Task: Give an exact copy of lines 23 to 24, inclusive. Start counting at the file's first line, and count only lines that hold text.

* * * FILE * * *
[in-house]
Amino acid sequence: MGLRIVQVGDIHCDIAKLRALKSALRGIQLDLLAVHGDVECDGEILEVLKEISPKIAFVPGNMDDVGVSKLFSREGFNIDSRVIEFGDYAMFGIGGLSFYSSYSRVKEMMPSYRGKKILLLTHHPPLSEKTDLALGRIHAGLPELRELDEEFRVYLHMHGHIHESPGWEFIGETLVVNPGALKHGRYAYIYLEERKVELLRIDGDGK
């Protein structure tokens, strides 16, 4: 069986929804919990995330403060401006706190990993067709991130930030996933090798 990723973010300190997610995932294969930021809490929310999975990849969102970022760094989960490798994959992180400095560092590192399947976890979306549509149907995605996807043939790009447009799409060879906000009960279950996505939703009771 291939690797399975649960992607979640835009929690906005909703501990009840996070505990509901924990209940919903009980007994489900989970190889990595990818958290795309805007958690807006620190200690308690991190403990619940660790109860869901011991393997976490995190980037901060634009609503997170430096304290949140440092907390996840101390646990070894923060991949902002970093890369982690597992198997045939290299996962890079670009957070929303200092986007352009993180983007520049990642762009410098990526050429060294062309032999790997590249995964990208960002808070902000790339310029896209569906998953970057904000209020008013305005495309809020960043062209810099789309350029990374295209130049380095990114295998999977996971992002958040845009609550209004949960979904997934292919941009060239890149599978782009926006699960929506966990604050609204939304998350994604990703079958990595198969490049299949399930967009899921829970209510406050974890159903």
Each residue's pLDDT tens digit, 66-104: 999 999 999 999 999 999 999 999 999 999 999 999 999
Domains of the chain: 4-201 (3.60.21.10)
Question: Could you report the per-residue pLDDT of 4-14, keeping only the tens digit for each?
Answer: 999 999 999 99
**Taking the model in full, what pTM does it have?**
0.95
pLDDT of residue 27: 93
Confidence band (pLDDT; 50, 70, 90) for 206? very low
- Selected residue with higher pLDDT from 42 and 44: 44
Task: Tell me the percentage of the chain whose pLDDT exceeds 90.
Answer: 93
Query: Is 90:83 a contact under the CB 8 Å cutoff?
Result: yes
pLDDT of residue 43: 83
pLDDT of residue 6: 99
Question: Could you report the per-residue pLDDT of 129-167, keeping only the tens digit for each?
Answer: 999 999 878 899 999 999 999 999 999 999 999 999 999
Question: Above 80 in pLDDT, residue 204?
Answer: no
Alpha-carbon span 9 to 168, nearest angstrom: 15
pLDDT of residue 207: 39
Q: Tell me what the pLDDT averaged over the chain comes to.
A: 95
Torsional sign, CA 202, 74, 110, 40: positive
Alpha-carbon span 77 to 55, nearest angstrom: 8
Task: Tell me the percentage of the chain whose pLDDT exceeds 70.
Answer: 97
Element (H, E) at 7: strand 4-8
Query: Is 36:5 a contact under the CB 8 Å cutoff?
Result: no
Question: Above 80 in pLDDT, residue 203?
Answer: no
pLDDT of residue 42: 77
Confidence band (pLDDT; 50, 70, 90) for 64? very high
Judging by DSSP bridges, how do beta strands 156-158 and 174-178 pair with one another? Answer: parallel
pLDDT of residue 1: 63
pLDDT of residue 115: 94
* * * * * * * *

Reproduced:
Alpha-carbon span 9 to 168, nearest angstrom: 15
pLDDT of residue 207: 39